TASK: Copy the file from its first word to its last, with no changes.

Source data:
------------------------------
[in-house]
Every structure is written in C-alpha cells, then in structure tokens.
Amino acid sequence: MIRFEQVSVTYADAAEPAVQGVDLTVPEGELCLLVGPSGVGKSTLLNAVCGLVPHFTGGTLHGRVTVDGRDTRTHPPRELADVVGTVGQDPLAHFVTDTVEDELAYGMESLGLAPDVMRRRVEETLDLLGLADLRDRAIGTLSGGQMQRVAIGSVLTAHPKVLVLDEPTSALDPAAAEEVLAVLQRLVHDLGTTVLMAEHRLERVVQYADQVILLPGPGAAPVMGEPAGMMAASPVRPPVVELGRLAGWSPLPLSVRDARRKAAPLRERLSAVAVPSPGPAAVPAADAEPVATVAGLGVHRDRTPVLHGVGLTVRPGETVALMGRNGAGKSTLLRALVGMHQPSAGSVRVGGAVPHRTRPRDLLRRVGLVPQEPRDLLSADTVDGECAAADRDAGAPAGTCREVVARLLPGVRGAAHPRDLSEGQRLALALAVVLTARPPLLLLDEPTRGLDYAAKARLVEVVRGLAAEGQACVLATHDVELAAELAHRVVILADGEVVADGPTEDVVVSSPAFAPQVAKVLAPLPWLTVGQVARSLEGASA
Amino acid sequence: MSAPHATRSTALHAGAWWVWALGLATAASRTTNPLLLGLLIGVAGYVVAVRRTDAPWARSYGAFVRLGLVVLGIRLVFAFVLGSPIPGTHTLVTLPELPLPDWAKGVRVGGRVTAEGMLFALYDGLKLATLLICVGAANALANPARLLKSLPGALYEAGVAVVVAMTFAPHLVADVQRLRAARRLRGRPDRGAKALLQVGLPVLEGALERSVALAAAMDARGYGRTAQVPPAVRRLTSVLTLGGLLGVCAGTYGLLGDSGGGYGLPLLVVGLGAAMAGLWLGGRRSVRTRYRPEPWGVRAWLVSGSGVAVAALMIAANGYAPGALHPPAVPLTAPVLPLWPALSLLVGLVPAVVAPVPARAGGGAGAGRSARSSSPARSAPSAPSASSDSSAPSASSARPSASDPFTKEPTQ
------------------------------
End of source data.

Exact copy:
[in-house]
Every structure is written in C-alpha cells, then in structure tokens.
Amino acid sequence: MIRFEQVSVTYADAAEPAVQGVDLTVPEGELCLLVGPSGVGKSTLLNAVCGLVPHFTGGTLHGRVTVDGRDTRTHPPRELADVVGTVGQDPLAHFVTDTVEDELAYGMESLGLAPDVMRRRVEETLDLLGLADLRDRAIGTLSGGQMQRVAIGSVLTAHPKVLVLDEPTSALDPAAAEEVLAVLQRLVHDLGTTVLMAEHRLERVVQYADQVILLPGPGAAPVMGEPAGMMAASPVRPPVVELGRLAGWSPLPLSVRDARRKAAPLRERLSAVAVPSPGPAAVPAADAEPVATVAGLGVHRDRTPVLHGVGLTVRPGETVALMGRNGAGKSTLLRALVGMHQPSAGSVRVGGAVPHRTRPRDLLRRVGLVPQEPRDLLSADTVDGECAAADRDAGAPAGTCREVVARLLPGVRGAAHPRDLSEGQRLALALAVVLTARPPLLLLDEPTRGLDYAAKARLVEVVRGLAAEGQACVLATHDVELAAELAHRVVILADGEVVADGPTEDVVVSSPAFAPQVAKVLAPLPWLTVGQVARSLEGASA
Amino acid sequence: MSAPHATRSTALHAGAWWVWALGLATAASRTTNPLLLGLLIGVAGYVVAVRRTDAPWARSYGAFVRLGLVVLGIRLVFAFVLGSPIPGTHTLVTLPELPLPDWAKGVRVGGRVTAEGMLFALYDGLKLATLLICVGAANALANPARLLKSLPGALYEAGVAVVVAMTFAPHLVADVQRLRAARRLRGRPDRGAKALLQVGLPVLEGALERSVALAAAMDARGYGRTAQVPPAVRRLTSVLTLGGLLGVCAGTYGLLGDSGGGYGLPLLVVGLGAAMAGLWLGGRRSVRTRYRPEPWGVRAWLVSGSGVAVAALMIAANGYAPGALHPPAVPLTAPVLPLWPALSLLVGLVPAVVAPVPARAGGGAGAGRSARSSSPARSAPSAPSASSDSSAPSASSARPSASDPFTKEPTQ